Pool Shark

Enter the CAPTION CONTEST now!

The Sciolist Cell Phone Pic of the Weeknot-™ is published each week with the intent to entice readers to comment. This is accomplished with a CONTEST! The winner will receive a blog nod in the following week’s post-what a TREMENDOUS prize. Entering is easy. Just click on Comment below, fill in the identification information requested and enter your caption for the above picture as your comment. You have until Larrie posts the following Wednesday’s pic to enter.

Ready… GO!*

Last Week’s Winner: Give it up for KAAKUN! I chuckled when I thought of my mom knowing how to twitter. Right now, I’m just proud of her for texting, using Facebook and visiting my blog. And to fill in your blank, Kaakun, Hobbes is her 10th grandkid, but it’s the FIRST that shares a name with an imaginary, stuffed tiger.

*And by GO!, I mean COMMENT!

An Unknown Toy on the Island

Okay, fine. Go ahead, internet. Blame me because you’re right: it probably IS all my fault that I STILL don’t know people in my new ward nor do they really talk to me.

But one of the things that I liked the MOST about my old ward is that the regulars would go out of their way to meet and greet the not-so-regulars or the new folks. My new ward, however, basically stinks when it comes to fellowshipping. Either that or I keep on coming to church with a scowl on my face that says: LEAVE ME ALONE; I’M TOO GOOD FOR YOUR ISLAND. I don’t THINK I have a scowl.

Yesterday was the third time attending my new ward and I didn’t exactly make it to all of the meetings. Please forgive me for watching the Eurocup Final, which is only on once every four years. I went straight to church after the hottest goal keeper in Eurocup history, Casillas, lifted the trophy over his head. Hooray Spain.

Back to church: I slipped in and sat on the back row for sacrament and was quite impressed when the organist busted out some impressive pedal work and stop pulling accompanying the congregation on The Star Spangled Banner. After the meeting ended, I sat around on the back bench watching as the ward gathered in little groups and some people stared at me a little bit. At this point, you’re probably thinking, get over it already, get some guts and go up to one of those groups to introduce yourself.

Instead, I got up and went to find the Bishop to give him my tithing. After handing him the envelope, he gave me this look that I’m quite sure translated into “you look ALMOST familiar, but I really can’t put my finger on who you are, even though there are only 60 people in my ward, so I’m just going to ask a vague question while I back into my office.”

Bishop: “How’s life?”

At this point, I suddenly realized how much I had taken for granted the outreach that occurred in my previous ward. If I was the new girl in my old ward, after a month the following would have happened:

  • I would have been introduced in Sunday School followed by a group “Hello Larrie!”
  • The bishopric would have visited,
  • The Bishop would have met with me and asked about previous callings, whether I play the piano and how my dating life is going,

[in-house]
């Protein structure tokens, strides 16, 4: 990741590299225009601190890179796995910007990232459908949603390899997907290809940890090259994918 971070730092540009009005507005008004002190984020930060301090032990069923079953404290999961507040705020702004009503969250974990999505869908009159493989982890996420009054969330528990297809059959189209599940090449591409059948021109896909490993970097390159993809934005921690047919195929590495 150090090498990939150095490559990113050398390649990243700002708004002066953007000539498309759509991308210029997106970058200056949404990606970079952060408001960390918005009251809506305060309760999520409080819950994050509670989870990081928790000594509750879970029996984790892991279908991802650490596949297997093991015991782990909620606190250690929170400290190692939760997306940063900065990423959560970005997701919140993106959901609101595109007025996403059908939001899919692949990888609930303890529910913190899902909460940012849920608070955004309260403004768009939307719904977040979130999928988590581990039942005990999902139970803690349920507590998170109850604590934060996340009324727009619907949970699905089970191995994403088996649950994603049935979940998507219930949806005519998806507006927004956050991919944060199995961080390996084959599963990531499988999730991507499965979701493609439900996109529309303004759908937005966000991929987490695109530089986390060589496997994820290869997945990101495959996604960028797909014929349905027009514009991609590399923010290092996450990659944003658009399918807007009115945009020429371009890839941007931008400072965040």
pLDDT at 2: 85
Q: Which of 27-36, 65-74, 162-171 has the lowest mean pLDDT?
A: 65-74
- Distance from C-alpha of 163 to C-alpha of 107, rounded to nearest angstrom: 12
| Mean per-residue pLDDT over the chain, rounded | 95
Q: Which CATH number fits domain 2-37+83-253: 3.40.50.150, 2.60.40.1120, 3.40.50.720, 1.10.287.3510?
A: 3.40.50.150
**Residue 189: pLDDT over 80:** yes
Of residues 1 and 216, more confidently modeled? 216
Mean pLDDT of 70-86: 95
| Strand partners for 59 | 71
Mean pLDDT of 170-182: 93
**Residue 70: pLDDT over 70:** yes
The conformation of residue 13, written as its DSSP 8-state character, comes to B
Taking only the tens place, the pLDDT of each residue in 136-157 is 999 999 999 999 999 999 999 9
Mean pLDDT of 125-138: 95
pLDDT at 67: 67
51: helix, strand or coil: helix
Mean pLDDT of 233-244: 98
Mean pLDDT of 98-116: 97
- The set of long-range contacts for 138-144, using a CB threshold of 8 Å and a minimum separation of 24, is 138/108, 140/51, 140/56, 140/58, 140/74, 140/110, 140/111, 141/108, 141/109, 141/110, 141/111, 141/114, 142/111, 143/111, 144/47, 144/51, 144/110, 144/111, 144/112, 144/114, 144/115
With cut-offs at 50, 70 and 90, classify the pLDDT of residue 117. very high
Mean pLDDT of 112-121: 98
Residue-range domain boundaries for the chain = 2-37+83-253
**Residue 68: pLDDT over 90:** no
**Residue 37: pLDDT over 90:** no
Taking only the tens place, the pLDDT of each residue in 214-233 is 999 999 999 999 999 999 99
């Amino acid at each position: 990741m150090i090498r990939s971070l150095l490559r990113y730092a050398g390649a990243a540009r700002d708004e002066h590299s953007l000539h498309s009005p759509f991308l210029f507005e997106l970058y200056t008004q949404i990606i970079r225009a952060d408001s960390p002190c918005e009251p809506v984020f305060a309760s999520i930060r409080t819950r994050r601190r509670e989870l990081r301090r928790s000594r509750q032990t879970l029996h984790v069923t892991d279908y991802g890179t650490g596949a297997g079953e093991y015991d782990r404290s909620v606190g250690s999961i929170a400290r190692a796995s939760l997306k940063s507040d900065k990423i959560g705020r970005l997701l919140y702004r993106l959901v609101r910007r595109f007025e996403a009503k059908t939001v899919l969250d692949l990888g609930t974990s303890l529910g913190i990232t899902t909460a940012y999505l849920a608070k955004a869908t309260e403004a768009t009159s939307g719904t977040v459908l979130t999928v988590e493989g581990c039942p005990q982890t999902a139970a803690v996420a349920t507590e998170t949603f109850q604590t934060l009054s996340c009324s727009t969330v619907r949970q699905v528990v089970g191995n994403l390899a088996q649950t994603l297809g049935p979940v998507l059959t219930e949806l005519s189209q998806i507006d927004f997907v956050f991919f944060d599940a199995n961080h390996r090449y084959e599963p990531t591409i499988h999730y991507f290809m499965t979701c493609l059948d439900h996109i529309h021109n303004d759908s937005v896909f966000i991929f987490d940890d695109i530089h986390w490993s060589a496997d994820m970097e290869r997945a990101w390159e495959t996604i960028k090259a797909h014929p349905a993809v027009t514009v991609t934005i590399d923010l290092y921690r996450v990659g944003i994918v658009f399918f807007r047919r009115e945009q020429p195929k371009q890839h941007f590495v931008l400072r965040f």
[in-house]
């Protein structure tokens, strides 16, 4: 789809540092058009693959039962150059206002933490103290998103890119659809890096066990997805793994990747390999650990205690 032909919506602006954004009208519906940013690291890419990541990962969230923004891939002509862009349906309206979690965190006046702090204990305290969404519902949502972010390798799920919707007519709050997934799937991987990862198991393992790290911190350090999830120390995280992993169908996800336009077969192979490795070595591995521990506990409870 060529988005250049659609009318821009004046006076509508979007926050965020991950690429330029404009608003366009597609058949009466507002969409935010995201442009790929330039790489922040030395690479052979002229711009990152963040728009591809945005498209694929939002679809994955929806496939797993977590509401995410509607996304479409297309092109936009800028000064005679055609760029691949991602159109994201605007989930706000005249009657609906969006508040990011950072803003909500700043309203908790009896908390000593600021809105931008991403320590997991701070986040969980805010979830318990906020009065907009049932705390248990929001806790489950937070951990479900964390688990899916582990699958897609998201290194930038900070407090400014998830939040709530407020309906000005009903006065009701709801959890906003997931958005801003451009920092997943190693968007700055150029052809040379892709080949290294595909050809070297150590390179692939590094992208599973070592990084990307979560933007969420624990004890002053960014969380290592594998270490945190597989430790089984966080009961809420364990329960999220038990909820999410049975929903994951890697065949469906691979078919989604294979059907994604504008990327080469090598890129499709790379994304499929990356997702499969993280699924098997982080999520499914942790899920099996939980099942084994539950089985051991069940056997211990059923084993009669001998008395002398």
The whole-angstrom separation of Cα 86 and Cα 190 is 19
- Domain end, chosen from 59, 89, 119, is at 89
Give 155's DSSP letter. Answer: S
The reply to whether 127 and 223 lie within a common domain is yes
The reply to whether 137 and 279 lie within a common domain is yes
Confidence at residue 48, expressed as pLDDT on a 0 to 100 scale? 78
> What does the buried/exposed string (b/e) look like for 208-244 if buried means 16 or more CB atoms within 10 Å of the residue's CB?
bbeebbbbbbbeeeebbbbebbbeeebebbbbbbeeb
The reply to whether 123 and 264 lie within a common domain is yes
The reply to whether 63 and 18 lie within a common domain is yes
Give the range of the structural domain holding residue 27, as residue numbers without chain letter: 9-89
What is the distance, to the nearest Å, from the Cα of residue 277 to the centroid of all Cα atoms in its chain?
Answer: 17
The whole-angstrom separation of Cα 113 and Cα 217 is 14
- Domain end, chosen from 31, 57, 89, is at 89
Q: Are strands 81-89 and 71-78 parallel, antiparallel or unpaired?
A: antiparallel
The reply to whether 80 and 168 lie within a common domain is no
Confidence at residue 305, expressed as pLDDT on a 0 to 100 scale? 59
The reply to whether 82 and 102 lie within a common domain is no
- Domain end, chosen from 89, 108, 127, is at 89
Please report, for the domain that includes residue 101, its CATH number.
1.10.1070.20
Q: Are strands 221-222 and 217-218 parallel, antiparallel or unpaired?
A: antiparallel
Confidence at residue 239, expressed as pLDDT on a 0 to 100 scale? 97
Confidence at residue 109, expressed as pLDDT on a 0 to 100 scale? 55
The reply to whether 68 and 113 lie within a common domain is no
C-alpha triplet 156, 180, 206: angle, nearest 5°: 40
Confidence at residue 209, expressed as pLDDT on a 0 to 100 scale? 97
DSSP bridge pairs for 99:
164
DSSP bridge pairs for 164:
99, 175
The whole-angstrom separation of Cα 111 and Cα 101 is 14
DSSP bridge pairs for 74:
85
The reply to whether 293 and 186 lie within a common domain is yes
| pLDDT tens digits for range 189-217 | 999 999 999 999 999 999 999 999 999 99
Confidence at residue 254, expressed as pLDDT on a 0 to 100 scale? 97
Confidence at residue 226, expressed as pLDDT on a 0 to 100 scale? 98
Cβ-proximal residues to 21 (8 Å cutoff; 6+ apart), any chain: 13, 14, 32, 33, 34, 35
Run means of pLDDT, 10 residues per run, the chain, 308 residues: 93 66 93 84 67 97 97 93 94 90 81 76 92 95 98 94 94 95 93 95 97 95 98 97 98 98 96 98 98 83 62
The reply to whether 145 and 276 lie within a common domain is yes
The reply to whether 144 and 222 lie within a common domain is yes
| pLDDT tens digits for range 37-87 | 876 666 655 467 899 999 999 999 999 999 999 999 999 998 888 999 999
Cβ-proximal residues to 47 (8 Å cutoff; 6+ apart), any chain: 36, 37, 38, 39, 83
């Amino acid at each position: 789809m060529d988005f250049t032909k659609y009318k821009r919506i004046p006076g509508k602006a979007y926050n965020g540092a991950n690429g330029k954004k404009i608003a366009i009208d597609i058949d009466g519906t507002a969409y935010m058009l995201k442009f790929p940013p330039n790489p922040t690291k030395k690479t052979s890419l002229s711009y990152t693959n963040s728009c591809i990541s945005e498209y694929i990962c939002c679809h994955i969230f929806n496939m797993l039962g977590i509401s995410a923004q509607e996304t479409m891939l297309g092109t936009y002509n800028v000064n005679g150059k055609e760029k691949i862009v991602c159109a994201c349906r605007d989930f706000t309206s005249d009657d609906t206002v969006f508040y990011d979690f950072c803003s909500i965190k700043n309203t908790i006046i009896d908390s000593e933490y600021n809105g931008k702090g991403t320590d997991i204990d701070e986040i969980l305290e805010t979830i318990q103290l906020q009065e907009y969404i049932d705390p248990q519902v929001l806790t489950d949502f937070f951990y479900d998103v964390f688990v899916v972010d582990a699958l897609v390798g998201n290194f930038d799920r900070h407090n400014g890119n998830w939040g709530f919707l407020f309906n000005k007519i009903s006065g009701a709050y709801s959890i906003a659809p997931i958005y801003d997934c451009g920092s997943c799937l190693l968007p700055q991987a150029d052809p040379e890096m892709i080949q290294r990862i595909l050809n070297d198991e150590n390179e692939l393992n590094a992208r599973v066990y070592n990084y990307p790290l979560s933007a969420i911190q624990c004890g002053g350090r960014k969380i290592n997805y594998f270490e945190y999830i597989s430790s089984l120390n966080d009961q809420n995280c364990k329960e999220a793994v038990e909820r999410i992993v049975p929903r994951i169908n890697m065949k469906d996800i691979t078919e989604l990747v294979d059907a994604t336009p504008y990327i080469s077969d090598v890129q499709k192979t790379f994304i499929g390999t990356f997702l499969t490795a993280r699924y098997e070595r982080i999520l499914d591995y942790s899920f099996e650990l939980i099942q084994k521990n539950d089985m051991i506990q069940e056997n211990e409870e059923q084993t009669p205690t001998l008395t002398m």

• I would have been recruited to either the Lindsey or the Larrie fan club by one of the RS sisters,
  • One of the girls without a car would have called me for a ride to an activity,
  • I would have given a talk in sacrament meeting,
  • I would have given a prayer in sacrament meeting,
  • I would have a calling and not one of those made-up callings like the BYU wards (one of 20 FHE co-chairs, RS 2 newsletter coordinator, ward greeter),
  • And Alaska, Smooth Operator and Joel-in-the-box would have asked me out because that’s how they fellowshipped.

And that’s just a start…

I lied to the internet about my departure from the Island

It’s true; I’m a terrible, no good person because I lied to the internet when I told you that I had slipped away from the Island of the Misfit Toys without even whispering good bye. I lied because of two things: one, I just relocated to a different location on that same island and, two, the Toys secretly set up a little soirée to properly say goodbye.

I’ll have you know, however, that Saturday night, Maren lied to me. I can’t believe my little sister lied and I didn’t even catch it. I must have been too tired because I had stayed up until the early morning hours the night before watching movies (yes, that word was purposefully plural) on my NEW TV at my place.

Back to Maren lying: Saturday afternoon, we went to a shower for my cousin and I was reminded that he and his fiancé probably have several toasters now from well-wishers and I don’t have one… yet. (P.S. If you’d like to send me house warming gifts, I’ll take an iron, ironing board, cleaning supplies, toaster, blender, mixer, or a Mac, thank you.) During the shower, my cousin, Ster sent me a text inquiry about the possibility of getting together to play Rock Band. Side note: I have finally realized that I spend A LOT OF TIME with my family and while I don’t think of that as a bad thing, there are some who think it’s a bit too much like reality TV version of [insert your favorite 1970s sitcom here, e.g.: Partridge Family or Brady Bunch]. I told Ster that I couldn’t make it to band practice because of the massive amounts of homework I needed to take care of. I also informed Maren that this was the case and my reason for turning down an evening of rocking out with the Campbells.